Relationships help them go out into the world and fool everyone into thinking they are charming and successful. This is because they come home daily, taking it all out on their partners. If this is you, your narcissistic partner probably comes home to you to vent out all their anger, frustrations, and toxicity.

Determining Who You’re In a Relationship With

If you pay attention, you can tell exactly the kind of person you are dealing with. This is why it’s important not to listen to what comes out of their mouths, because narcissists, much like psychopaths, are very charming and convincing. While you suffer from consistent trauma in this kind of relationship, you develop Stockholm Syndrome. 

You begin to sympathize with your narcissistic partner. They either withhold their abuse or they say what you want to hear, then you start feeling euphoric and stop paying attention to their abuse, thinking it’s a normal part of the relationship. You begin to normalize and even tolerate abusive behaviors because it’s a defense mechanism for one, but also, you don’t want to accept that who you’re dealing with is as sinister as they seem.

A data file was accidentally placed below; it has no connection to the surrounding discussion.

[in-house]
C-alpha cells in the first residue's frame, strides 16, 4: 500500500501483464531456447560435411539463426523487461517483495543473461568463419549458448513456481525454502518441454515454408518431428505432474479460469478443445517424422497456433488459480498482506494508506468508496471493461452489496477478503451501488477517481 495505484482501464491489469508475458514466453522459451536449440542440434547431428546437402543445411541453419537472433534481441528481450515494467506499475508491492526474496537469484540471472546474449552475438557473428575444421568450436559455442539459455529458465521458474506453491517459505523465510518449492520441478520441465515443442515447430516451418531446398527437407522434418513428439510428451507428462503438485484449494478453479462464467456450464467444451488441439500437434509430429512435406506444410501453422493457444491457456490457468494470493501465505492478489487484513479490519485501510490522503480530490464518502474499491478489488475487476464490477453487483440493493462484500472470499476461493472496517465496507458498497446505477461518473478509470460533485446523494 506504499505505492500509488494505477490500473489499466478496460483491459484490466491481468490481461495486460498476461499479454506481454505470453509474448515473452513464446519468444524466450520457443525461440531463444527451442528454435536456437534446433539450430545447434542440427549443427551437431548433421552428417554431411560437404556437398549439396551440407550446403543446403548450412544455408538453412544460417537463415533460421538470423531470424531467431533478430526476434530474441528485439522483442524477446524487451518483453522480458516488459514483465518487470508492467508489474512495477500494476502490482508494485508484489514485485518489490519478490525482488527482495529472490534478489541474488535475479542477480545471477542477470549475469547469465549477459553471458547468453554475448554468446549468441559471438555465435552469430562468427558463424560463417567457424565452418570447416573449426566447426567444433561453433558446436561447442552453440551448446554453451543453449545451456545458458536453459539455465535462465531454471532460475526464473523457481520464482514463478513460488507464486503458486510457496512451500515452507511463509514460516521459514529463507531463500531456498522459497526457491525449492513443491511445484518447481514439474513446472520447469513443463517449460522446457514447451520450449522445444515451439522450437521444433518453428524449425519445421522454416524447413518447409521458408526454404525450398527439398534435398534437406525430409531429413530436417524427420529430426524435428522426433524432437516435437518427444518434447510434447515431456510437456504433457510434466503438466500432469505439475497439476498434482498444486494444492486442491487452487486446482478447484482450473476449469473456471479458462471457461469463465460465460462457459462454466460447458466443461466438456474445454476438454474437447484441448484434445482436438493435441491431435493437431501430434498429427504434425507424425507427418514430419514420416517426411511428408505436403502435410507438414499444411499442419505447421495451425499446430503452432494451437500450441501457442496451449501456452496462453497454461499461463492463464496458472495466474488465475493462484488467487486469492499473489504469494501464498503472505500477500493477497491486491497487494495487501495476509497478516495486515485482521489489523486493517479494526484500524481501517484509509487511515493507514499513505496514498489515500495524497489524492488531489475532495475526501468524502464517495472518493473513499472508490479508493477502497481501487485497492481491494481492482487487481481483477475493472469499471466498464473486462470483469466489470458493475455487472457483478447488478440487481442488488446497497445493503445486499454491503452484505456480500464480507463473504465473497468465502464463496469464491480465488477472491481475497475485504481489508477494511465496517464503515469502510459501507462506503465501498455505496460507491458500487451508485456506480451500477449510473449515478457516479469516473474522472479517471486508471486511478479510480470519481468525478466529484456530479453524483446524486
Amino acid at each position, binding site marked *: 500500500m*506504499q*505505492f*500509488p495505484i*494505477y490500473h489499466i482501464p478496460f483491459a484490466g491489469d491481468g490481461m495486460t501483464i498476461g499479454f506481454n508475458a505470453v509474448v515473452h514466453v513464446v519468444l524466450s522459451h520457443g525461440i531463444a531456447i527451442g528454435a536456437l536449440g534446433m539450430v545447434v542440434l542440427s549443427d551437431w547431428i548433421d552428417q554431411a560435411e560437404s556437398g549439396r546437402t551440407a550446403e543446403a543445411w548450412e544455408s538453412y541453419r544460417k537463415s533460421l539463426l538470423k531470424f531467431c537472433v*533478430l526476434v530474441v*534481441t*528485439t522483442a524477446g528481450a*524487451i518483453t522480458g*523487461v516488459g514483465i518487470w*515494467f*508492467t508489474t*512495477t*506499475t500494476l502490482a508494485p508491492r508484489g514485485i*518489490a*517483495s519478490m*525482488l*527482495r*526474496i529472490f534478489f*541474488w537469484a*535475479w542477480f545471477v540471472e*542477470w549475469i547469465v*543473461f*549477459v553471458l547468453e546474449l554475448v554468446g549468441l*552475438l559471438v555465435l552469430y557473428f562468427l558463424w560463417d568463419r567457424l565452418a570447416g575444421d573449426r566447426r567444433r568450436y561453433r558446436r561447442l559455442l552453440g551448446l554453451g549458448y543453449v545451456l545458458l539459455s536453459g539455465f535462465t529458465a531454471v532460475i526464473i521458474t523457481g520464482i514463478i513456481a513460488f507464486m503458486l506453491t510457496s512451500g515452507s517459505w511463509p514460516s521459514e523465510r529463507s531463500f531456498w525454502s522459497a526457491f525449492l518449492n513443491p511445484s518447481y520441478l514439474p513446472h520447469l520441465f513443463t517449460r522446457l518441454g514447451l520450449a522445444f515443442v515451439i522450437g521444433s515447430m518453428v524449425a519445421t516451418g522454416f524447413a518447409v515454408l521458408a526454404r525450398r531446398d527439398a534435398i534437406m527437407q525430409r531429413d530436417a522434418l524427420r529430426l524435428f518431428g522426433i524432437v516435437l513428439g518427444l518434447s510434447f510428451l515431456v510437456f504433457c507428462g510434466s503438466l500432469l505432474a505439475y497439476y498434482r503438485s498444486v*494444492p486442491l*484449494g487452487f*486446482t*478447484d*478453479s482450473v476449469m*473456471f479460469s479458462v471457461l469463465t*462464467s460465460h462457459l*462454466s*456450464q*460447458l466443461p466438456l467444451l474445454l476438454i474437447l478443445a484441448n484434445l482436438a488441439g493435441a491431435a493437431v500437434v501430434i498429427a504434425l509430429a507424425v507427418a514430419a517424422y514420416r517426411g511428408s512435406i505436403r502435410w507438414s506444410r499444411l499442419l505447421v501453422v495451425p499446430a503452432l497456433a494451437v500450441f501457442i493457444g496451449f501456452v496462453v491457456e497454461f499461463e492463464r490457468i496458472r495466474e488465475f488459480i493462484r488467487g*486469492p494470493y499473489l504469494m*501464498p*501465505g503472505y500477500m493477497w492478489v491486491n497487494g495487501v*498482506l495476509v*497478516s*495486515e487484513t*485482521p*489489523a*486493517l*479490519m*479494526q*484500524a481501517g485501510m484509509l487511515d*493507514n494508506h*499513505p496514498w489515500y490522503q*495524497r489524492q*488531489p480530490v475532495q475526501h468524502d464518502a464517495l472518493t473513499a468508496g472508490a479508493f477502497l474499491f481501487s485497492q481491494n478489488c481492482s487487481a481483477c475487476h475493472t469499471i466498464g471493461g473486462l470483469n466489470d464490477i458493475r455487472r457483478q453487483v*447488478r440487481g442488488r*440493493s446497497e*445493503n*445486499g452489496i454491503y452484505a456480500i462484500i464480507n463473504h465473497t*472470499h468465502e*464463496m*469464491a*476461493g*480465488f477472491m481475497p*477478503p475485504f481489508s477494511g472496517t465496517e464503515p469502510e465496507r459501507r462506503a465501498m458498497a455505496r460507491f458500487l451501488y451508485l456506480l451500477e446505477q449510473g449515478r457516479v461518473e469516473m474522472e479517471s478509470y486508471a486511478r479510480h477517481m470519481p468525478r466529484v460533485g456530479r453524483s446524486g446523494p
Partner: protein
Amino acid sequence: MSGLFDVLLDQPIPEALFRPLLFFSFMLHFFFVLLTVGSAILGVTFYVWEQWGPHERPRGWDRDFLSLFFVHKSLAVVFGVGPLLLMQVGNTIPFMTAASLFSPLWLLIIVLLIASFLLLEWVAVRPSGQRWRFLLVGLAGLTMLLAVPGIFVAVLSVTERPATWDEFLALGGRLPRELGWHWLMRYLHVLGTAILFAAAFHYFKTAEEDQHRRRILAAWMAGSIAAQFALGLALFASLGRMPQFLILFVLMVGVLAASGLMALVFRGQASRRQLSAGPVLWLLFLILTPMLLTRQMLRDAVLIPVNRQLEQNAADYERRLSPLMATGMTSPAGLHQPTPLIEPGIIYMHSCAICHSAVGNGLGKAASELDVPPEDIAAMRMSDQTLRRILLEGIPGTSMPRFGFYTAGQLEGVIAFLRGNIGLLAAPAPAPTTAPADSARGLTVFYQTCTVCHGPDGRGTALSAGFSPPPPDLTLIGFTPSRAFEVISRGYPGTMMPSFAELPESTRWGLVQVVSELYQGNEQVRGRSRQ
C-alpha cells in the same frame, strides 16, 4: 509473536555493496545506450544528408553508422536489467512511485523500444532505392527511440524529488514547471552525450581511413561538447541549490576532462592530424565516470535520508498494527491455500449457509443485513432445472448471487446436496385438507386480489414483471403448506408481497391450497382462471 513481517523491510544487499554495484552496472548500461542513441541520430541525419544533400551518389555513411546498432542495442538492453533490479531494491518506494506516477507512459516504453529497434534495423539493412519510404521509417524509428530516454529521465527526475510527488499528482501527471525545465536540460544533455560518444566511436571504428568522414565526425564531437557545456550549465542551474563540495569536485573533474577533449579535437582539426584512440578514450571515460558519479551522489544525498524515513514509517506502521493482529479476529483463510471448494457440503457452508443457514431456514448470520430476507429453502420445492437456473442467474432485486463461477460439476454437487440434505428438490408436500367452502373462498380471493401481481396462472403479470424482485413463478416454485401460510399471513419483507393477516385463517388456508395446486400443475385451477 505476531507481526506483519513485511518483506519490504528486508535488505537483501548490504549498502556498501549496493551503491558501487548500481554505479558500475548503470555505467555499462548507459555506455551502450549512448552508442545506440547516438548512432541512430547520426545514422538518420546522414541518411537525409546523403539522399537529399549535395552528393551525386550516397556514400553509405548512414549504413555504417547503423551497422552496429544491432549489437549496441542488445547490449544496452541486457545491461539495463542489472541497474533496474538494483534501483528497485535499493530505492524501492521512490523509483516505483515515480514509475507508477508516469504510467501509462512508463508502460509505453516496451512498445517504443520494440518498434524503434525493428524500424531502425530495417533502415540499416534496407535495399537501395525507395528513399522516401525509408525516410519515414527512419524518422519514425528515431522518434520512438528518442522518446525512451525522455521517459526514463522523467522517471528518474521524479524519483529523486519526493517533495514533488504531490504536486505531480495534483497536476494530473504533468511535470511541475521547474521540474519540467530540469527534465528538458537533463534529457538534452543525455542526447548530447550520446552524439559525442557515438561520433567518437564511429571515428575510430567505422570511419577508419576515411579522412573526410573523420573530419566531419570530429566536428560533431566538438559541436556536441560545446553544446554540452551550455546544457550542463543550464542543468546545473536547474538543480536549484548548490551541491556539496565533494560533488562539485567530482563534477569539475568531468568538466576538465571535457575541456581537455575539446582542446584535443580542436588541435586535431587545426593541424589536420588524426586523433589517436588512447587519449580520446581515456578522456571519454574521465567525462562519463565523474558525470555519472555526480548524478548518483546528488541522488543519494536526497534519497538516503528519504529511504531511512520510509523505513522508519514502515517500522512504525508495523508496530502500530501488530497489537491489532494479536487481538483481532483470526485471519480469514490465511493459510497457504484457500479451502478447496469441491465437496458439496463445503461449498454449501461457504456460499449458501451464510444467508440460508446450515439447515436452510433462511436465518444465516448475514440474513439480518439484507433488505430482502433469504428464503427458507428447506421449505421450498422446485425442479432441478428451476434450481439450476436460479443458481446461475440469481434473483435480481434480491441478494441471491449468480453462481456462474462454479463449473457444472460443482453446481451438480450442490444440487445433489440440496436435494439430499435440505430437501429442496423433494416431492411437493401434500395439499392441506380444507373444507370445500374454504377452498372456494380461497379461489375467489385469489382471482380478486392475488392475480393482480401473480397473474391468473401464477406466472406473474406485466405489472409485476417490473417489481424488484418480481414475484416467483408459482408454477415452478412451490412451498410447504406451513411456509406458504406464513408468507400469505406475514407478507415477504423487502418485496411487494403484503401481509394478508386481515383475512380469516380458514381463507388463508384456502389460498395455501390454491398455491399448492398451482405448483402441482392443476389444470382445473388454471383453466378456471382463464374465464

A psychopathic narcissist most likely gives you the silent treatment, cheats on you, constantly breaks their promises, blames you for everything, and isolates you from your family and friends or any type of support system. You can also see this pattern where they time a big event where you need their support, like losing a family member, losing a pet, being diagnosed with a serious medical condition, or even a diagnosis of cancer, and instead of being supportive, shortly after they fabricate an argument and they leave you.

Another one that most people aren’t really as mindful of is when you invite a new partner to come live with you or vice versa, they try to draw a wedge between you and your children. They’re telling you how you should be dealing with them and the consequences they deserve for their actions.

They are showing you their lack of remorse by continuing to do the hurtful things, continuing with the verbal or even physical abuse, infidelity, and other things because they really believe that they are entitled to do all of those things.

For them, you are not their partner, and you are not their spouse. They do not care about making the relationship work. Even when they try to suck you back into the relationship after a fight, it’s not their intention to love you, and it’s just plain hoovering.

Here’s the truth: They could be out there cheating and living a single life. The only difference is that they might come home and sleep in the same bed as you, and eat the same meals with you, but they’re just out doing whatever they want because they feel entitled to do those things.

Unfortunately, your role in a narcissist’s life is to be a prop, and you’re playing the role of their “fiance” or “spouse” to make them look normal. Yet, when they’re cheating on you, they might tell the other person that you’re going to be divorced, you’re not having sex, or you don’t love each other, or other things to manipulate the other person too.